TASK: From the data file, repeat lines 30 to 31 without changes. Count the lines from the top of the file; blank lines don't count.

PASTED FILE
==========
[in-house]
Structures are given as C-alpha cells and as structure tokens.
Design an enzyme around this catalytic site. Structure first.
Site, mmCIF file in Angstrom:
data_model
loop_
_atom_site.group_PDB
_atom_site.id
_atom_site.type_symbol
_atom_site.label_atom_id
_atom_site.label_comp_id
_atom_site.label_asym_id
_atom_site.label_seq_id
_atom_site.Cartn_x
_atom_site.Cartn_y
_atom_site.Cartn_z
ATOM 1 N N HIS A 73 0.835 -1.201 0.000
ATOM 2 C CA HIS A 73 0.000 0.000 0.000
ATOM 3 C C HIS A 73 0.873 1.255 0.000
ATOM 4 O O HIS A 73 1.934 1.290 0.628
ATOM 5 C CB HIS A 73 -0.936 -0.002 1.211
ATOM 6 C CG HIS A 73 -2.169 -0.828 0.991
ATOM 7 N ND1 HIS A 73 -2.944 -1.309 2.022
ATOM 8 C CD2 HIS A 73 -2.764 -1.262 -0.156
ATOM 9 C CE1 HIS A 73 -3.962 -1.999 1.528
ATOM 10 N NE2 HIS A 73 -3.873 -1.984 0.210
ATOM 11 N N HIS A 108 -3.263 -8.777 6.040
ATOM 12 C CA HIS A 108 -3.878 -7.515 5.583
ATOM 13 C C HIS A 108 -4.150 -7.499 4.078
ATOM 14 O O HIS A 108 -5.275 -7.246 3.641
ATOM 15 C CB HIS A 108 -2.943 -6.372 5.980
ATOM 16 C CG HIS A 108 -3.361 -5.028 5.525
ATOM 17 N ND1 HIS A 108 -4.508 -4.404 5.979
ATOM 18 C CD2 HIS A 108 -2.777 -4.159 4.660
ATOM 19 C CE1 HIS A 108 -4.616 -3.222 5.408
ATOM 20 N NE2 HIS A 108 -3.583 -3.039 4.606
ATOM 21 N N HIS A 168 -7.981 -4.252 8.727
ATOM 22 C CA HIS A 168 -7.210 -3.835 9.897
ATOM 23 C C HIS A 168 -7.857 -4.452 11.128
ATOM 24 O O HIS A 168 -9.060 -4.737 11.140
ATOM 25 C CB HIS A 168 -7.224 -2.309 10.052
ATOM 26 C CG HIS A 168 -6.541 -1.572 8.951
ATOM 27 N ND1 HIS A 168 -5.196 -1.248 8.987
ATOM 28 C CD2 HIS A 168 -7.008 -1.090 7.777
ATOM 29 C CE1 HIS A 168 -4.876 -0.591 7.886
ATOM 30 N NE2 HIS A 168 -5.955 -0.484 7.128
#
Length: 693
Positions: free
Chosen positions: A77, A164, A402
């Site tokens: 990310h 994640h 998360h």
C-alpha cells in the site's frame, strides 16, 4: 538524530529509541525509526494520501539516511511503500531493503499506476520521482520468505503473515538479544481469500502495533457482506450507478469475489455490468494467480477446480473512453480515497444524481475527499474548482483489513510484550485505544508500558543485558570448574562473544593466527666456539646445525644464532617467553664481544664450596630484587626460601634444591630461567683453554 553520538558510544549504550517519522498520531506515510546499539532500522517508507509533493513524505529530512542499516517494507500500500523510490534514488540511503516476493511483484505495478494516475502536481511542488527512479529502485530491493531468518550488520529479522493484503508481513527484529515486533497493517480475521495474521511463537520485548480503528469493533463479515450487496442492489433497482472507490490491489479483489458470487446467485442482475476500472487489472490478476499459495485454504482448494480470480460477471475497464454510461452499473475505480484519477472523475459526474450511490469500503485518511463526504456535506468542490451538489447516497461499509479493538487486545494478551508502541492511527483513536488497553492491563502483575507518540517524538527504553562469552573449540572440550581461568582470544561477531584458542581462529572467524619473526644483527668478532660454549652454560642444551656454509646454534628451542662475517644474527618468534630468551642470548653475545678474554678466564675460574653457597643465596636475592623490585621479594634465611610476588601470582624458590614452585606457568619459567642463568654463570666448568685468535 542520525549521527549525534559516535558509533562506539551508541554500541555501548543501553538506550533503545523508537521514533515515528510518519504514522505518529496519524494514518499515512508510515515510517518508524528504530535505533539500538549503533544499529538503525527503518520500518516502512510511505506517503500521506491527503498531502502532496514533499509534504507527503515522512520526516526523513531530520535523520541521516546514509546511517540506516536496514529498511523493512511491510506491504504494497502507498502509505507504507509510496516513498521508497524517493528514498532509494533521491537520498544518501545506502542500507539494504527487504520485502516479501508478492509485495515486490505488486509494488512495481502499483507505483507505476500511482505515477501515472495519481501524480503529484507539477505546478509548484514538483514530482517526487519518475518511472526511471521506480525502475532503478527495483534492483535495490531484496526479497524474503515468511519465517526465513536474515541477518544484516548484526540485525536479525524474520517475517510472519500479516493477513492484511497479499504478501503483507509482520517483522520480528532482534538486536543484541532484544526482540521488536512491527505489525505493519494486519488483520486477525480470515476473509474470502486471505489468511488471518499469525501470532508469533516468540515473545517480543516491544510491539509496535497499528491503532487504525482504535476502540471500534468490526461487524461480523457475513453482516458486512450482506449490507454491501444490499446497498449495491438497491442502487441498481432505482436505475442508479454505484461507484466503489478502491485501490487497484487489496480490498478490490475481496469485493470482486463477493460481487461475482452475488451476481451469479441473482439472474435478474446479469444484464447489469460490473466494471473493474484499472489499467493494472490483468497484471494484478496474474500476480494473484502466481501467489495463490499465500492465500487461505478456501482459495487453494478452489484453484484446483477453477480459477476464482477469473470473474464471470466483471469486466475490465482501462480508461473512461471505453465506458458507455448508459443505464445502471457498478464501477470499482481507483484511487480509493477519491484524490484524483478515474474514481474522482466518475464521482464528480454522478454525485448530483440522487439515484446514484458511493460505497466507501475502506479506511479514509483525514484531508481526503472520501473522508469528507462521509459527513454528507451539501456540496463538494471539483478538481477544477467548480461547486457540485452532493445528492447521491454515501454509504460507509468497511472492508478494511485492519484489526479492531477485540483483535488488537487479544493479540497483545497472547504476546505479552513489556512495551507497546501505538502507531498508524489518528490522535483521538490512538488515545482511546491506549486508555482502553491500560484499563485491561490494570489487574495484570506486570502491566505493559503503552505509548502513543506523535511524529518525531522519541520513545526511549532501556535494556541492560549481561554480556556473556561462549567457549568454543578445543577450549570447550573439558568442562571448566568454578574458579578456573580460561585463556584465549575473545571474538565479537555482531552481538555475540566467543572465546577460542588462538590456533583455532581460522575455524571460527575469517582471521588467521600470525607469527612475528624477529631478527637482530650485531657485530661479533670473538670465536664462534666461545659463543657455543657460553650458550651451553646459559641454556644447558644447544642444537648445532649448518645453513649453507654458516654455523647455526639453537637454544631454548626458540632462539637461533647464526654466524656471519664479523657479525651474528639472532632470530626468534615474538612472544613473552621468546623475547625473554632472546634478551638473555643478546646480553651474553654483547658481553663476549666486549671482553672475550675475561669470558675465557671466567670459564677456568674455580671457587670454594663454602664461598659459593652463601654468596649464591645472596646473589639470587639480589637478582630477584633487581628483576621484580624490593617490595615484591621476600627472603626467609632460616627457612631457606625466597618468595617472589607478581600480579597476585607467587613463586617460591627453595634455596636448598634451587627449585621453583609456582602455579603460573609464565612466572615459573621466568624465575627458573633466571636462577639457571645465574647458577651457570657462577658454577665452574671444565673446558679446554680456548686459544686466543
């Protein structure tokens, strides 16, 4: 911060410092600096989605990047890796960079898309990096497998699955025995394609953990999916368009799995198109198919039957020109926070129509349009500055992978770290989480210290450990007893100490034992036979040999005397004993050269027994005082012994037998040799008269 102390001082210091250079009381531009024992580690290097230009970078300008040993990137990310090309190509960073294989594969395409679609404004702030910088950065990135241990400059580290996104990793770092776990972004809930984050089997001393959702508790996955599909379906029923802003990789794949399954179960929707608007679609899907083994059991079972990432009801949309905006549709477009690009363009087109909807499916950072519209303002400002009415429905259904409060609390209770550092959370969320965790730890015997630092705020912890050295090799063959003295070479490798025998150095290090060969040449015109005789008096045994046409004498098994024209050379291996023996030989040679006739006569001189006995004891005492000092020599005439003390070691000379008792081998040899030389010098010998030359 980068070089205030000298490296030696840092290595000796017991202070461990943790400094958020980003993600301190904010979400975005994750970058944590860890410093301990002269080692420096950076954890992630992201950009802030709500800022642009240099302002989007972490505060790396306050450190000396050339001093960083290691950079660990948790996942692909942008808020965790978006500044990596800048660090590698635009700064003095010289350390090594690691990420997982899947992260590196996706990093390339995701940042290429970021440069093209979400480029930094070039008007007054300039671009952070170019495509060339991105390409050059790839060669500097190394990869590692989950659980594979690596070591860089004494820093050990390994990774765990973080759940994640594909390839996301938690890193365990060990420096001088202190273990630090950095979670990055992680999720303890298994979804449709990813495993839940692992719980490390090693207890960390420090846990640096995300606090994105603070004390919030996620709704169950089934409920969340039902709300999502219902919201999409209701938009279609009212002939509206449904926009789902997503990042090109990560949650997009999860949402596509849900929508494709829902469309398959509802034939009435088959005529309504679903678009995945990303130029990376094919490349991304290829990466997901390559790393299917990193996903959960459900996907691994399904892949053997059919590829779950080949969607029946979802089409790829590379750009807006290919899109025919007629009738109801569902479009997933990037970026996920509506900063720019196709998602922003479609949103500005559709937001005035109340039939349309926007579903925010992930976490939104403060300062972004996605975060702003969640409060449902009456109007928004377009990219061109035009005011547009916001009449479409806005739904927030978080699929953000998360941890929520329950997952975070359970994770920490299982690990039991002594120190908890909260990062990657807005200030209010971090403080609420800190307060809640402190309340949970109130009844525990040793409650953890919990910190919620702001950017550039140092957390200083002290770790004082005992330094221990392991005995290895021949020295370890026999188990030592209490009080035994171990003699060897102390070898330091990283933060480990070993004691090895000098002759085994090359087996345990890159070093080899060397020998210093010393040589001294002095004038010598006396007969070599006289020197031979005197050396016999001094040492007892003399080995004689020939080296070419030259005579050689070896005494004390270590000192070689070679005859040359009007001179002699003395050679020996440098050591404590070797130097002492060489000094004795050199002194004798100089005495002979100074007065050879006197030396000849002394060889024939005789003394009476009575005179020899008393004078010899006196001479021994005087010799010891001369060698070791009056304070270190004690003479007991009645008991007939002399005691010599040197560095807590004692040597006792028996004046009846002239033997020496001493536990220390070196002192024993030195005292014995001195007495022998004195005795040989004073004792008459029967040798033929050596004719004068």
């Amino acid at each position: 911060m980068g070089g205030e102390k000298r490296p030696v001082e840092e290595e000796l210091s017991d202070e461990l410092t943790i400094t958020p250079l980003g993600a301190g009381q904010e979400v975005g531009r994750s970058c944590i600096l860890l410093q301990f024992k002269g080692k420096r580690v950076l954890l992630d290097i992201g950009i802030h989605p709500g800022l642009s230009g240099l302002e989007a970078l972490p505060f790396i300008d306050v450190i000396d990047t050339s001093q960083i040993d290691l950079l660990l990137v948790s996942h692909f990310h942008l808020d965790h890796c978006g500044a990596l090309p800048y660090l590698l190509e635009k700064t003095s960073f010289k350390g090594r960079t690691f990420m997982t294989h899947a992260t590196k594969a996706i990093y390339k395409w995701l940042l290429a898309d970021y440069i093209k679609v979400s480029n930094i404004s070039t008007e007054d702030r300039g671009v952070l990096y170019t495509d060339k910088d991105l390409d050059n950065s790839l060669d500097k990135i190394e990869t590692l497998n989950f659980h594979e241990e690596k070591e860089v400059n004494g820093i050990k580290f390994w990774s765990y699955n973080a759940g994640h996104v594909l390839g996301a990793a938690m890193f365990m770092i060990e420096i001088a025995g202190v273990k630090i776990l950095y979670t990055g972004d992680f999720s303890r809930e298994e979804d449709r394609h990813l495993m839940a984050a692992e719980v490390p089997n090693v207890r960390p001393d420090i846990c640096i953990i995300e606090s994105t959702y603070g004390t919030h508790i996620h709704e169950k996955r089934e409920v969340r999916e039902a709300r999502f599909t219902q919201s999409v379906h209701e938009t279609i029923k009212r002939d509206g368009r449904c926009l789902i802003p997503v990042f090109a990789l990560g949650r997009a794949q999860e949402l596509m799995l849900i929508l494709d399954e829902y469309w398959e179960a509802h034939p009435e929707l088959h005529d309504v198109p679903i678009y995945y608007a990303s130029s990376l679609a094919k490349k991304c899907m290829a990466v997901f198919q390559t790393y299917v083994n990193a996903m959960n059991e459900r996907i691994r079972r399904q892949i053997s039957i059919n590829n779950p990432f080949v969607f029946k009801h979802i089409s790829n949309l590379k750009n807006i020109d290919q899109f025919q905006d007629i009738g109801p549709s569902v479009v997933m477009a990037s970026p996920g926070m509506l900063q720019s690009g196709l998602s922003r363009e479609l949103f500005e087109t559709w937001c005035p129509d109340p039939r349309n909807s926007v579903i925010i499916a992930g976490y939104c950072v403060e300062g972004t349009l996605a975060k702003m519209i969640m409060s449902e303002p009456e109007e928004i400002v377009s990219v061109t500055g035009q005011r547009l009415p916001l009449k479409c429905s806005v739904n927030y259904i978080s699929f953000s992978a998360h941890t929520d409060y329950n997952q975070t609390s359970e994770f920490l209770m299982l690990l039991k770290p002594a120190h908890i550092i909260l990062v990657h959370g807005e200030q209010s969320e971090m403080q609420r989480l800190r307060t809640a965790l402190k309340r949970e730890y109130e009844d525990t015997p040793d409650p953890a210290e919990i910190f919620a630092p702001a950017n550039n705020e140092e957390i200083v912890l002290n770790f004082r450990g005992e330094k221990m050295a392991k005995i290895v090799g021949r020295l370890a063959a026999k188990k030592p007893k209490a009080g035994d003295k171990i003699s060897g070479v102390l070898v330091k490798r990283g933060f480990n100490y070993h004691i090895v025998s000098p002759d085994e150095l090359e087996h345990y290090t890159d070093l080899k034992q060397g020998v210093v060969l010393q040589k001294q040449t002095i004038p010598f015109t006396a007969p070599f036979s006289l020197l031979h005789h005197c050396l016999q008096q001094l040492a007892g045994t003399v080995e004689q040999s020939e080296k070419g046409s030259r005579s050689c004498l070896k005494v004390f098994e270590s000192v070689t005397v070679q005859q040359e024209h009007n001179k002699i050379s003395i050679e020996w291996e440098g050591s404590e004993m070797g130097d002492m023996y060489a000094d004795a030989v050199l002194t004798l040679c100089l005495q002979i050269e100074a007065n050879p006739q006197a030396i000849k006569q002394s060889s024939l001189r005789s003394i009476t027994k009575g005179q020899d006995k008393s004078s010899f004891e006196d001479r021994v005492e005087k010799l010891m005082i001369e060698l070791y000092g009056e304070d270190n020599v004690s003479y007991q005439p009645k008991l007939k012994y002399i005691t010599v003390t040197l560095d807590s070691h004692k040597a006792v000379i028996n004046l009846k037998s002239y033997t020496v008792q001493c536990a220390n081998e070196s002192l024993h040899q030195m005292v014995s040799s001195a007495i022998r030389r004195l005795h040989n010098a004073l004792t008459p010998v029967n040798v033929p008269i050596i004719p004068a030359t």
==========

ATOM 14 O O HIS A 108 -5.275 -7.246 3.641
ATOM 15 C CB HIS A 108 -2.943 -6.372 5.980